Monday, January 18, 2010
2010 BMW R1200GS riding impression
With the HP2’s DOHC cylinder head transplanted on to the R1200GS, BMW have further improved their definitive ‘adventure touring’ motorcycle and made sure it doesn’t fall behind its competitors from KTM, Moto Guzzi and others. Motociclismo recently tested the 2010 BMW R1200GS, and here are some excerpts from what they have to say about the bike:
The first impression you get when you start the bike and hear the engine idling is that someone has forgotten to fit the silencer properly. Nothing’s broken however, and the reason for that noise seems to be the bike’s new electronically controlled exhaust valve, which regulates the output and pressure of the exhaust gas depending on engine load.
A quick look at the data sheet tells us that the new R1200GS, with its twin-cam cylinder heads from the HP2, packs 110 horsepower at 7,750rpm and 120Nm of torque at 6,000rpm. With the new exhaust valve and other electronics, the 1,170cc opposed-twin meets all emissions and noise regulations and yet retains its intense, deep boxer-engine roar.
Once you get on the bike, you immediately feel at home – the seat, handlebars and chassis all feel familiar. What has changed is the engine, which now feels even more responsive, making the bike accelerate harder than before at lower revs. The new engine feels particularly strong between 5,000-6,000rpm, allowing you to accelerate out of corners harder even with a passenger on board. Also, despite feeling more powerful than the older R1200GS engine, the new one does not consume more fuel and fuel efficiency remains unchanged, at 5.8 litres per 100km.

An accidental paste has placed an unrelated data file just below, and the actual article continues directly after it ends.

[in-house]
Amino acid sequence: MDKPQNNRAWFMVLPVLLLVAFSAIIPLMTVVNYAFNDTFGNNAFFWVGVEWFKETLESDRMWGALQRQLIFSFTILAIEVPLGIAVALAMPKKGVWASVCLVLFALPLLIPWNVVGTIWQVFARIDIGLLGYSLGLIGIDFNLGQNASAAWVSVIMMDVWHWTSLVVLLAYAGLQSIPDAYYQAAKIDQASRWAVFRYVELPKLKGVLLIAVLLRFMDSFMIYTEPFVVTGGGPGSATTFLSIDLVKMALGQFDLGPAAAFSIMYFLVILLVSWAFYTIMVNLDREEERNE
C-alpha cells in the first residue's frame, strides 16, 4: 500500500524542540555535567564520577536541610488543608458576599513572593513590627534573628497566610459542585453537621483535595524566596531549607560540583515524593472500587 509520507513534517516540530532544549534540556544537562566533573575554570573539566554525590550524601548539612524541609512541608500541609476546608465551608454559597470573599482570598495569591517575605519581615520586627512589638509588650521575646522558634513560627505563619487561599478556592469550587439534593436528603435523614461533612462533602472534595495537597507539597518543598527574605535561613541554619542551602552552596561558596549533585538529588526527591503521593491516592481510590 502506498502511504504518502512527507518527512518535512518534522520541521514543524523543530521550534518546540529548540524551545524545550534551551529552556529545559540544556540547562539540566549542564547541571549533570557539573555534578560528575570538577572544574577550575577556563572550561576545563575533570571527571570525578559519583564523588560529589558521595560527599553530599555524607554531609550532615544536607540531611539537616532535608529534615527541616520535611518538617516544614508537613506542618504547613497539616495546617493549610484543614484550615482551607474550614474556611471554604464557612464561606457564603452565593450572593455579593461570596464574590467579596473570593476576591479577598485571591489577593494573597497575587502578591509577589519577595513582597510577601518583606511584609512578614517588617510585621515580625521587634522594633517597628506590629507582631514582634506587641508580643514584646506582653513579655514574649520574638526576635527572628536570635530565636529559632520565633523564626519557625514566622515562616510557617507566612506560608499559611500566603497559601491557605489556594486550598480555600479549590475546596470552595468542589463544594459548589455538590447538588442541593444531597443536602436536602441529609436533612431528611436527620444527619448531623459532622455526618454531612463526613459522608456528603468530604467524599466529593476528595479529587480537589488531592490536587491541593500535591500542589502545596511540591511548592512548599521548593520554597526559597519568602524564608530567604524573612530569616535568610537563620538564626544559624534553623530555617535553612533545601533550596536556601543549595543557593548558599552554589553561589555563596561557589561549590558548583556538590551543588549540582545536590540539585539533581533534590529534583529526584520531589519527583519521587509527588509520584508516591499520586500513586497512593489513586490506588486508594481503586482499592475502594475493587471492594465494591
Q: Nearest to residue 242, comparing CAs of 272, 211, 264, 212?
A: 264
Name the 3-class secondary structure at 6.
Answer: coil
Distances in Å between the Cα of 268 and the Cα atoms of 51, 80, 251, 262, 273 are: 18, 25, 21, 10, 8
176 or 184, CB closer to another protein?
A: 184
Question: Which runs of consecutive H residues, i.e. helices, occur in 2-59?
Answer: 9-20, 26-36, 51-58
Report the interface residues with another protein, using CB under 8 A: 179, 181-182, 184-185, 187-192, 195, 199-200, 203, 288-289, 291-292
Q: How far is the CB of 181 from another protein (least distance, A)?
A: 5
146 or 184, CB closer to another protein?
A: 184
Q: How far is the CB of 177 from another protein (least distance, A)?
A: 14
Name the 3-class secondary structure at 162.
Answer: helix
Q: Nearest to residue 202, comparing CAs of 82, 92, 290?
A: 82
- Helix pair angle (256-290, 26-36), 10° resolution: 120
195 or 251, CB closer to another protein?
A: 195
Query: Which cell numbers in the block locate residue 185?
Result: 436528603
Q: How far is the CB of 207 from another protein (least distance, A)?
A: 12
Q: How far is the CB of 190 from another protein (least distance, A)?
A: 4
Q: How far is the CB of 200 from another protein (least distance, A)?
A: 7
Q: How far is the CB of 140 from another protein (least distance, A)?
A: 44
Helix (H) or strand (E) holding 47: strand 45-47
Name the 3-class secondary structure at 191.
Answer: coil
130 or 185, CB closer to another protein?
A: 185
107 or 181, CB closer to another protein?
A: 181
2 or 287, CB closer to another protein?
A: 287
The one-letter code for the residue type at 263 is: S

To sum up, despite the small advantages that the new bike offers, owners of the older R1200GS needn’t necessarily feel the need to upgrade. And that says a lot about how good the R1200GS already was, before BMW decided to ‘improve’ the bike…
2010 BMW R1200GS: Technical Specs
Engine: 1,170cc, DOHC, 8-valve, air-cooled, fuel-injected Boxer-twin
Gearbox: Six-speed, with dry, single plate clutch
Chassis: Steel tube trellis
Suspensions: 41mm Telelever (front), single side Paralever (rear), both ends electronically adjustable
Brakes: Twin 305mm discs with four-piston callipers (front), single 265mm disc with twin-piston calliper (rear)
Wheels: 19-inch (front), 17-inch (rear)
Tyres: 110/80-19 (front), 150/70-17 (rear)
Top speed: 215km/h
Average fuel consumption: 5.8 liters per 100km
Wet weight: 246kg
For the full, original article, please visit the Motociclismo website here